Press release

This press release accompanies the new edition of

'The Fight for the Family'

. - By Lynette Burrows.


This is the book the children's rights lobby don't want you to read. When it was published last year, the Press Council was asked to warn the media that it was full of inaccuracies and highly defamatory. The confident tone of these complaints persuaded several newspapers and TV companies to cancel discussion of its contents. However, it was discussed on independent radio and TV stations and on regional, though not national, BBC programmes. Finally, the Daily Telegraph decided to publish an article by its author, Lynette Burrows, in which she set out the main arguments of her book - and no action was taken by the complaining children's rights groups.

We are entitled to infer from this that, though her findings and surmises are extremely unwelcome to those who have laboured for so long to undermine the autonomy and stability of the family, they are fair comment on a matter of extreme public importance. Despite the early opposition, sales of the book were brisk and the complete edition sold out in months. Several thousand copies have been ordered by America, Australia and other English-speaking countries where the problems of de-stabilised families are similar and it was primarily to satisfy this demand that a new edition was planned.

However, 'The Fight for the Family, 2nd Edition, contains a lot of new material sent in by readers of the book. Ordinary people have not, so far, mobilised themselves to fight against what is being done to their families by professionals; and many of those working in the field of child care are also horrified by the excesses of their colleagues; their contributions have been included in the new edition.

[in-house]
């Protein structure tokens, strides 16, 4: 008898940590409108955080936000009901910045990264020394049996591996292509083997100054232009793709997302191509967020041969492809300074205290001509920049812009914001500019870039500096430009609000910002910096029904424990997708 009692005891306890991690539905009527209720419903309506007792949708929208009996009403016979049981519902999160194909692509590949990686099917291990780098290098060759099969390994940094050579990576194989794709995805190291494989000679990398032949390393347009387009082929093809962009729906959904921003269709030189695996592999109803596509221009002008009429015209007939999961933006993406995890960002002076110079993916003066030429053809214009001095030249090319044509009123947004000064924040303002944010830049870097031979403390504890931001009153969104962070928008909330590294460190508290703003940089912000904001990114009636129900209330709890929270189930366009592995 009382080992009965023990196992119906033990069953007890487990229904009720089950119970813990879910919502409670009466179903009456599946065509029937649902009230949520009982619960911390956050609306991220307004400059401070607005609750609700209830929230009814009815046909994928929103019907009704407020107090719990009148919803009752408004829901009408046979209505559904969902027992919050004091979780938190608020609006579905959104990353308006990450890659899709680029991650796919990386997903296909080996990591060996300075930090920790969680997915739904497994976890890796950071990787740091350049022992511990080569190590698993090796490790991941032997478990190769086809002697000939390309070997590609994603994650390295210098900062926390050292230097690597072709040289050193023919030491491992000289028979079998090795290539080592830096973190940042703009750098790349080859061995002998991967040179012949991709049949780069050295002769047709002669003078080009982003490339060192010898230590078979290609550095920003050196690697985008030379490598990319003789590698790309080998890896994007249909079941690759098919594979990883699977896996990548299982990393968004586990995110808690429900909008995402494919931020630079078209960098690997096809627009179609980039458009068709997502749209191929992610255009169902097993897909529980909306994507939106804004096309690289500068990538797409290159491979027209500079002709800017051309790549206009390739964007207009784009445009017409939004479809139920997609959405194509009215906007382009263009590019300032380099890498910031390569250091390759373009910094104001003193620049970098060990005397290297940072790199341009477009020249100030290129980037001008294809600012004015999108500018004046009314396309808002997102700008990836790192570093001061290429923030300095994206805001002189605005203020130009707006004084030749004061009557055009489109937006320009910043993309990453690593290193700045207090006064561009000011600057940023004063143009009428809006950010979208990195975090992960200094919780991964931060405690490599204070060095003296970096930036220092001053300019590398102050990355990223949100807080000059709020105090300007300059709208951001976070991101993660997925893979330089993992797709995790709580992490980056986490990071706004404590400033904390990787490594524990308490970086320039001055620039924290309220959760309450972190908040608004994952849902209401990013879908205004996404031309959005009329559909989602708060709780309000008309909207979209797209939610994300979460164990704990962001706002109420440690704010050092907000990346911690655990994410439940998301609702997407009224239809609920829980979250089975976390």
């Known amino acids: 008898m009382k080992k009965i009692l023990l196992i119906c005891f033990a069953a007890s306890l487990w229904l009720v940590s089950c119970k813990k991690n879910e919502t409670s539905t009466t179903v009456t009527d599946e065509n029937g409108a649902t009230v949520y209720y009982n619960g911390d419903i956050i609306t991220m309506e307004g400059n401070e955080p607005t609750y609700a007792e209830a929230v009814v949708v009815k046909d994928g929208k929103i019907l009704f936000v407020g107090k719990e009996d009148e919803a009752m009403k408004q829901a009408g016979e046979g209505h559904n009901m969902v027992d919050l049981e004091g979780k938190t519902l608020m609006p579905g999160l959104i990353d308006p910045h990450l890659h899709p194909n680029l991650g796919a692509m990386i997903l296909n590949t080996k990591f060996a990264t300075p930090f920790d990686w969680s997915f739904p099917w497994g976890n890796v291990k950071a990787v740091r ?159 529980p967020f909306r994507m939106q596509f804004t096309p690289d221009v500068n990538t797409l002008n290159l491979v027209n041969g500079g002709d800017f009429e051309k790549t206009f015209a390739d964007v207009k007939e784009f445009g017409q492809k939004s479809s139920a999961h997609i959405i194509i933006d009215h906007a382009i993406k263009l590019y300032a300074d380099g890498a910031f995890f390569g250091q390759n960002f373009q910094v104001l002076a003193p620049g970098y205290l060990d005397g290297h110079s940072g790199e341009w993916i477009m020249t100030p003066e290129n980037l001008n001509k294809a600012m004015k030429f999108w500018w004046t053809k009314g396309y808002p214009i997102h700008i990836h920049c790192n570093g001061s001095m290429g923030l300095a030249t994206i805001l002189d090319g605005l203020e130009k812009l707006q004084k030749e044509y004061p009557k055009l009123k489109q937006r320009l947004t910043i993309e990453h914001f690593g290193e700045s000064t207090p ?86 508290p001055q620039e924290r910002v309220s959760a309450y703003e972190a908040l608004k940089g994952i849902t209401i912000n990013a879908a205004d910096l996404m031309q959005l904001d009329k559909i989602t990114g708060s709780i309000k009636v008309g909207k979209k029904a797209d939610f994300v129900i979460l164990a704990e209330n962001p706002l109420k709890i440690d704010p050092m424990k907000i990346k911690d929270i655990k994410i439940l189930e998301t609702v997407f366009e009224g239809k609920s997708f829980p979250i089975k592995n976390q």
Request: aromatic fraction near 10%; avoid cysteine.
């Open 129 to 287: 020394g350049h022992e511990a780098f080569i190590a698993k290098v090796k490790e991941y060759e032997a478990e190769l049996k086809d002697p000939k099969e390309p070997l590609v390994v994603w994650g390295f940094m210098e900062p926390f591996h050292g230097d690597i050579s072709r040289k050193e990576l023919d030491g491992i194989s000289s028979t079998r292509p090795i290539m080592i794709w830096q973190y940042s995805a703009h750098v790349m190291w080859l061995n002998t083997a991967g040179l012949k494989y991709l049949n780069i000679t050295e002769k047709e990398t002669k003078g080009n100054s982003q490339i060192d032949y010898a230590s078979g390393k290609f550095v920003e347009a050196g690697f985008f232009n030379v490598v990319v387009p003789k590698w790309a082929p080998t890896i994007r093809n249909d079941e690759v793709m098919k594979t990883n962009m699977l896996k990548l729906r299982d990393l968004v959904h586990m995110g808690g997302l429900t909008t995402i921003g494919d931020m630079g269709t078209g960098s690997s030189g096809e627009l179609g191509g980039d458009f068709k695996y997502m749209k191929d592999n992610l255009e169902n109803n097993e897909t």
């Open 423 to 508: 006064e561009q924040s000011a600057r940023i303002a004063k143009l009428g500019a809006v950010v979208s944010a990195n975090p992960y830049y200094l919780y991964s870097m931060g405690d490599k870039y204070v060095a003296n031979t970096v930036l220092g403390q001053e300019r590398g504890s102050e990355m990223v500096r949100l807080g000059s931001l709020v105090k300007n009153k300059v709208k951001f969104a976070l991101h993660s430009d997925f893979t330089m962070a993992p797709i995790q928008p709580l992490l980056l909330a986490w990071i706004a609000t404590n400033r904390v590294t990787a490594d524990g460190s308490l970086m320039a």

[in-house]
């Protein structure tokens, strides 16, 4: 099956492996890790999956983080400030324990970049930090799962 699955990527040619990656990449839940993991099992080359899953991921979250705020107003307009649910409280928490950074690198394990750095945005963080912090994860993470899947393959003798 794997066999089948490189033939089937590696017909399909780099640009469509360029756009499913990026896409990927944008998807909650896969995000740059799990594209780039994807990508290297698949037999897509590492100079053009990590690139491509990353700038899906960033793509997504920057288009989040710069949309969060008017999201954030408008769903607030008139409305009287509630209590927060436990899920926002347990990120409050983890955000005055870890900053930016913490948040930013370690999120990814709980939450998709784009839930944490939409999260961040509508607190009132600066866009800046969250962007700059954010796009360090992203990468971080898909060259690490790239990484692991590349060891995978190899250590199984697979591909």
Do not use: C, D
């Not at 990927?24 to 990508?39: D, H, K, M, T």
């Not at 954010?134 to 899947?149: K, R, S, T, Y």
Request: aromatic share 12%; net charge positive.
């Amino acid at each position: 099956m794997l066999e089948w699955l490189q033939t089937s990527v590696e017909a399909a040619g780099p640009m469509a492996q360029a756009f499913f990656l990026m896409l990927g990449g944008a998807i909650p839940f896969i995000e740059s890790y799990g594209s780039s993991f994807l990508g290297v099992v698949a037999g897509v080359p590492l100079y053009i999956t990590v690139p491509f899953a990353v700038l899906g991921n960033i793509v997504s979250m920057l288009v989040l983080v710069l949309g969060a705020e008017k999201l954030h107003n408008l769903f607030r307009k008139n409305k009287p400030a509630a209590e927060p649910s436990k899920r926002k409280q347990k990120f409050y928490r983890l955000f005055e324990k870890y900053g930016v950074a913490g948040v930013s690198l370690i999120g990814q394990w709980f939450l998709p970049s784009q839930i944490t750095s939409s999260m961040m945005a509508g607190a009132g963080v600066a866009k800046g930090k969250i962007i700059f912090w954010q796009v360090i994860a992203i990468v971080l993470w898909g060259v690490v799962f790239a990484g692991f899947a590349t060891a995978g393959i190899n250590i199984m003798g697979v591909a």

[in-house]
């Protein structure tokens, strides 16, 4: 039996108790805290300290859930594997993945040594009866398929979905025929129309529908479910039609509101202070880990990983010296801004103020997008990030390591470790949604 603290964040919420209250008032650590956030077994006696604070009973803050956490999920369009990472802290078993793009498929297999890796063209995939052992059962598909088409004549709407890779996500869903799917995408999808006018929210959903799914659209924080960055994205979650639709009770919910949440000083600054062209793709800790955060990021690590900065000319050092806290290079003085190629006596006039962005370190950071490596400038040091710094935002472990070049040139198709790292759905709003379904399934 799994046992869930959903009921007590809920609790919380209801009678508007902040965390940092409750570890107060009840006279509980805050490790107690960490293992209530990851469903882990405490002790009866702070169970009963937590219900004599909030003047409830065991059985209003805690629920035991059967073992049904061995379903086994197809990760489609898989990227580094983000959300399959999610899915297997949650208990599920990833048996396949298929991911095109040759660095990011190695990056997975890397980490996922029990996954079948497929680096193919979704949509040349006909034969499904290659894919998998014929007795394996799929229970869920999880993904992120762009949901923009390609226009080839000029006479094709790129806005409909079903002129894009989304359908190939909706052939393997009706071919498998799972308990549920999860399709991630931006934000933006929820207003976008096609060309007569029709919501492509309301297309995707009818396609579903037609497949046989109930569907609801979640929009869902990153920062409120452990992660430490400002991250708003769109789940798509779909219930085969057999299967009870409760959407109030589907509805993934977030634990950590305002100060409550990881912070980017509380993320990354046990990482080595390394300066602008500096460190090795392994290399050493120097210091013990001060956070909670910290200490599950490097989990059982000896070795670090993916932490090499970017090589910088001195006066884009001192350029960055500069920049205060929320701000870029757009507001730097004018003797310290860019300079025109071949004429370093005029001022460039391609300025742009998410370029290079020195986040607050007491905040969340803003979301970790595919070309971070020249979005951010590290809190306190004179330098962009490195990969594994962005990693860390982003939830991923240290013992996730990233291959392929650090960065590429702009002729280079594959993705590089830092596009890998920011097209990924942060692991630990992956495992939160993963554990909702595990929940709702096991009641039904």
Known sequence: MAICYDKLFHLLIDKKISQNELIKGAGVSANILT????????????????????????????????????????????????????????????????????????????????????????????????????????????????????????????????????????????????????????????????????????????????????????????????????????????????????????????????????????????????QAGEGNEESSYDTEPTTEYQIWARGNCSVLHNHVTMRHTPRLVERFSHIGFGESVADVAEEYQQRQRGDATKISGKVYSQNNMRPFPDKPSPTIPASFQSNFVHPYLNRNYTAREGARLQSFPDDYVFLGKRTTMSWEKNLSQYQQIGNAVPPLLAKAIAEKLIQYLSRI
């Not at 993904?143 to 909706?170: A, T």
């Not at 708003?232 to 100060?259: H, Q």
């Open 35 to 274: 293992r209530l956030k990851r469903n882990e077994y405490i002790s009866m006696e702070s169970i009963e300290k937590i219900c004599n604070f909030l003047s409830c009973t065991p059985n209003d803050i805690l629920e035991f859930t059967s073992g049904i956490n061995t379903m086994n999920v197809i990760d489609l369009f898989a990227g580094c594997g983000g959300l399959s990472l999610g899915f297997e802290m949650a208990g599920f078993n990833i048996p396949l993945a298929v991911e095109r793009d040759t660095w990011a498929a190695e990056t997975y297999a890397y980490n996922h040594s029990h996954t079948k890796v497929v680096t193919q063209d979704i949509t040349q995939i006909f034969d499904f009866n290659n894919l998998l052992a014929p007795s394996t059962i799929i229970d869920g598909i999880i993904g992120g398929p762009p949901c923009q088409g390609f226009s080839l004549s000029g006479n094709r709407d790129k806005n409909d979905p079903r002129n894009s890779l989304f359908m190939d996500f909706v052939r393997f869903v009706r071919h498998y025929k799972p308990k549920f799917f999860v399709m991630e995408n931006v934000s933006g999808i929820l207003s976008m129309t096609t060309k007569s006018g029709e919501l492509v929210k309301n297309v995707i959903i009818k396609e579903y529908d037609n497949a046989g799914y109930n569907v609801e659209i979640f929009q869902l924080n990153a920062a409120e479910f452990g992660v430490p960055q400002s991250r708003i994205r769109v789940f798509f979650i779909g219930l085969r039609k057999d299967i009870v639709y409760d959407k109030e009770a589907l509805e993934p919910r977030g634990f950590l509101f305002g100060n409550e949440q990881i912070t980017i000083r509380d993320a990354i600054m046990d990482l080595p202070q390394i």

The first thing to note is that the very expression 'children's rights' is a misleading title. It disguises the fact that what is being sought is not more rights for children to decide the policies which affect them. There is no question of allowing them to decide if their school uses corporal punishment on bullies or not; whether they can smoke at school or indeed, whether they need to go to school at all if they have a job to go to.

Children's rights are the means by which different groups of adults - notably lawyers and social workers, can select certain children's grievances - on a largely ideological basis - and then pursue these, with public funds, even through the European court. What is striking about so many of the issues that have been taken up by children's rights activists, is that, by and large, they involve solely the right of children to behave badly when they want to and to get into premature sexual activity. The strikingly homogenous nature of these 'rights' as they are at present perceived, is explained by an ideological agenda that is shared by the activists, and by very few others.

Children have been encouraged to claim the right to under-age sex; to 'divorce' their parents when they are in conflict with them; to put themselves into local authority 'care' even when that care is universally acknowledged to be inadequate; to obtain contraceptives without their parents knowledge, and not to be subject to parental discipline and protection. Everywhere, the results of these innovations have been disastrous, with a generation of children cast adrift, with only their own inexperienced desires to guide them. Very many have come to grief as a result of the entirely predictable consequences.

Thousands every year become pregnant before they are out of school, thousands more suffer from debilitating sexually transmitted diseases. Those lost to crime and drug dependence in children's homes, even before they are old enough to smoke, are a monument to activists whose crusade for 'children's rights' has absorbed many millions of pounds of public money and has still failed to protect them from the principal areas of harm.